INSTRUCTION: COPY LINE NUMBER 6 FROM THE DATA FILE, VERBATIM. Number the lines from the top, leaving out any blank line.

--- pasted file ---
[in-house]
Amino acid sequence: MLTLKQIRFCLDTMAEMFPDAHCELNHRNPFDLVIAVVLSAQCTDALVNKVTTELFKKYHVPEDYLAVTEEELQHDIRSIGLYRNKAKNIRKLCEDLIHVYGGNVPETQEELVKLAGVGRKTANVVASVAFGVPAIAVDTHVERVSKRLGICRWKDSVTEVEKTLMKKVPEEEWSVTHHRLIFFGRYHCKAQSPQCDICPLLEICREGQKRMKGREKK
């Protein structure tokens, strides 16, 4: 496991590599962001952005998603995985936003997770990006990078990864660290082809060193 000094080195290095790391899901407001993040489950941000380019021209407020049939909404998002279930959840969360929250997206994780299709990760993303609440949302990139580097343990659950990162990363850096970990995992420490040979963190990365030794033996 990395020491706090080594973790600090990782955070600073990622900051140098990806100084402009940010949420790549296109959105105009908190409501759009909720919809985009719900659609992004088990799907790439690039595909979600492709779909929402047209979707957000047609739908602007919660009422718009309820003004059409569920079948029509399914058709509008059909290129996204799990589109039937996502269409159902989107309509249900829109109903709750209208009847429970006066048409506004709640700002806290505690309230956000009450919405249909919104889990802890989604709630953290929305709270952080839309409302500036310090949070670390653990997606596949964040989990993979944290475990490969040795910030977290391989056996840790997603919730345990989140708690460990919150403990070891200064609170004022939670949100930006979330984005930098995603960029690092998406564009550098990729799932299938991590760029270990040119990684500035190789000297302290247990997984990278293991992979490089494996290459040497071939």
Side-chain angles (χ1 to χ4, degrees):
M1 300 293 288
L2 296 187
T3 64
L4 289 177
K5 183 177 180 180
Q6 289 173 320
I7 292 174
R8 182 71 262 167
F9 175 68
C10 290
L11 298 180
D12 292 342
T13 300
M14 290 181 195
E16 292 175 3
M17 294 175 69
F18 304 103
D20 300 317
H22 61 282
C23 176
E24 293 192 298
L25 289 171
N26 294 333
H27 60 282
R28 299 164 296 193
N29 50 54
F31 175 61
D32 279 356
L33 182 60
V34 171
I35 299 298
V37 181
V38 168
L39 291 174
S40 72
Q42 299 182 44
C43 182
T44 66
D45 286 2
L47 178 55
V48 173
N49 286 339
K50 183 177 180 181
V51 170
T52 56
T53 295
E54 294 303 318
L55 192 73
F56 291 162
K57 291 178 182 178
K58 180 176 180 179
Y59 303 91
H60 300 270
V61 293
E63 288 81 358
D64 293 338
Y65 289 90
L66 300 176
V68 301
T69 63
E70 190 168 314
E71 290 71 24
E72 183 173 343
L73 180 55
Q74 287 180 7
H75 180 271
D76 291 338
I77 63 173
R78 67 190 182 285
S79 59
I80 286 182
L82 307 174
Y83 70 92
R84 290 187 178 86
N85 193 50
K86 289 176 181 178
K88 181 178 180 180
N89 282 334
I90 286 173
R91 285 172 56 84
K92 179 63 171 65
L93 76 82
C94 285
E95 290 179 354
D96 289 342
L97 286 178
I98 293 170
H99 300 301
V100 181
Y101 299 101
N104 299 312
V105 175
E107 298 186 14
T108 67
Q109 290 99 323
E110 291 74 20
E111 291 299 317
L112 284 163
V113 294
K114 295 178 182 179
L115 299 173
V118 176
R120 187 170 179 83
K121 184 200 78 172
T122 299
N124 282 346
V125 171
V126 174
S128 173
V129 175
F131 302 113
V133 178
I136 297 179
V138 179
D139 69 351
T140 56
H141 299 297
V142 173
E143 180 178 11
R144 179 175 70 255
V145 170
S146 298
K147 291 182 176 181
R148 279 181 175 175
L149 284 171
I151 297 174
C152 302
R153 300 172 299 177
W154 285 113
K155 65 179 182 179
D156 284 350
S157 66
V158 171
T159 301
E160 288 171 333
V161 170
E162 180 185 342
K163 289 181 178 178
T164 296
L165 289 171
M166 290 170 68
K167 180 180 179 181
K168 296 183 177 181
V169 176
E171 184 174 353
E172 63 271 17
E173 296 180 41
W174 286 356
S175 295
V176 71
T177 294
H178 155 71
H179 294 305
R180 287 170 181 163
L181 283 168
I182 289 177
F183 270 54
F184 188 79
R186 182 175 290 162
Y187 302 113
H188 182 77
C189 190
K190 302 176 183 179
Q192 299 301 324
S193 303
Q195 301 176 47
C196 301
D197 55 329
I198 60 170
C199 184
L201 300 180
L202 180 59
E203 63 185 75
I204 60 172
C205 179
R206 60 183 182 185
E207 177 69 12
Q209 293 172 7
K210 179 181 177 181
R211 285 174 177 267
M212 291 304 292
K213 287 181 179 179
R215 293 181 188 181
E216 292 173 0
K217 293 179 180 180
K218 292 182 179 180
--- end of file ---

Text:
L2 296 187